A part of our “World Heritage” is being ravaged and ruined. Recent ravages by Daesh in the Museum of Mosul, in the ancient cities of Nimrud and Hatra and in the UNESCO World Heritage Site of Palmyra are just appalling examples in a sadly long list of deliberate destruction of cultural heritage worldwide.
Remnants of destroyed sites and artefacts are sold and enter the chain of illicit trafficking. The latter represents a third source of revenue for international terrorism, following arms and drug trafficking. Moreover, international trafficking of stolen cultural goods is feeding organised crime. European States have a key role to play in spurring a co-ordinated response to this threat.
Parliamentary Assembly Resolution 2057 (2015) and Recommendation 2071 (2015) on “Cultural heritage in crisis and post-crisis situation” already raised the issue of deliberate destruction of cultural heritage, trafficking and looting of cultural property.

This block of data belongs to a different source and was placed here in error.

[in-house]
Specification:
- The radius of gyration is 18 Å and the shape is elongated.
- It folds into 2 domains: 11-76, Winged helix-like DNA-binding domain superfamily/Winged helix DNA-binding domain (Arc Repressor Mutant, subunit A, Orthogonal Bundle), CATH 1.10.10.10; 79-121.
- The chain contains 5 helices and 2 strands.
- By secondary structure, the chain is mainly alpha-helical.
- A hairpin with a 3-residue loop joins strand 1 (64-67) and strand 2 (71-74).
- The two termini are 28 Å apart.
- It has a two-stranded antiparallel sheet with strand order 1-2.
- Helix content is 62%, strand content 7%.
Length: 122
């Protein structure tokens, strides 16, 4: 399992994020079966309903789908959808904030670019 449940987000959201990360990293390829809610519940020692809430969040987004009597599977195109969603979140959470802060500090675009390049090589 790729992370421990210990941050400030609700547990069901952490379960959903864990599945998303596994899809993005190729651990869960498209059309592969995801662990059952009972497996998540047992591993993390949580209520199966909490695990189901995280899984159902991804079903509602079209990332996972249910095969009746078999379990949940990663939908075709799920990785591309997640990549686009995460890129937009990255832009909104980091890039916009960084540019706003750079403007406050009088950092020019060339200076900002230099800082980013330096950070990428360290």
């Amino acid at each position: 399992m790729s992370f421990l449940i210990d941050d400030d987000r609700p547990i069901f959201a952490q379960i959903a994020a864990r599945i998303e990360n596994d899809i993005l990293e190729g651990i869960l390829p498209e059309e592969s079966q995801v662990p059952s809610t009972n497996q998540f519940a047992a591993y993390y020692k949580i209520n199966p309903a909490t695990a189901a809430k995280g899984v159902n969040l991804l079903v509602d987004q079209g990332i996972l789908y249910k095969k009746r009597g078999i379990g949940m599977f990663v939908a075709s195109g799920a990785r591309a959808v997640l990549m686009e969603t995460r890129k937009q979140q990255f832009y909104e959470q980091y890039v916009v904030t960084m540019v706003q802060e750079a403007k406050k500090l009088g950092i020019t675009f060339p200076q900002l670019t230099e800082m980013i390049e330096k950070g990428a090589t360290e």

The Assembly welcomes the decision of the Committee of Ministers to carry out the work for the preservation of cultural heritage in the spirit of the Namur Call (April 2015), where Parties to the European Cultural Convention called for the urgent preservation of cultural heritage deliberately destroyed in conflicts and asked for the initiation of legal instruments to firmly condemn such acts.
The Assembly should support the drafting of a new Council of Europe criminal law convention to combat illicit trafficking of cultural property and it should encourage national parliaments in member States and also non-member States concerned to sign and ratify this timely legal instrument. The upcoming European Year of Cultural Heritage in 2018 represents a window of opportunity to launch the new Convention.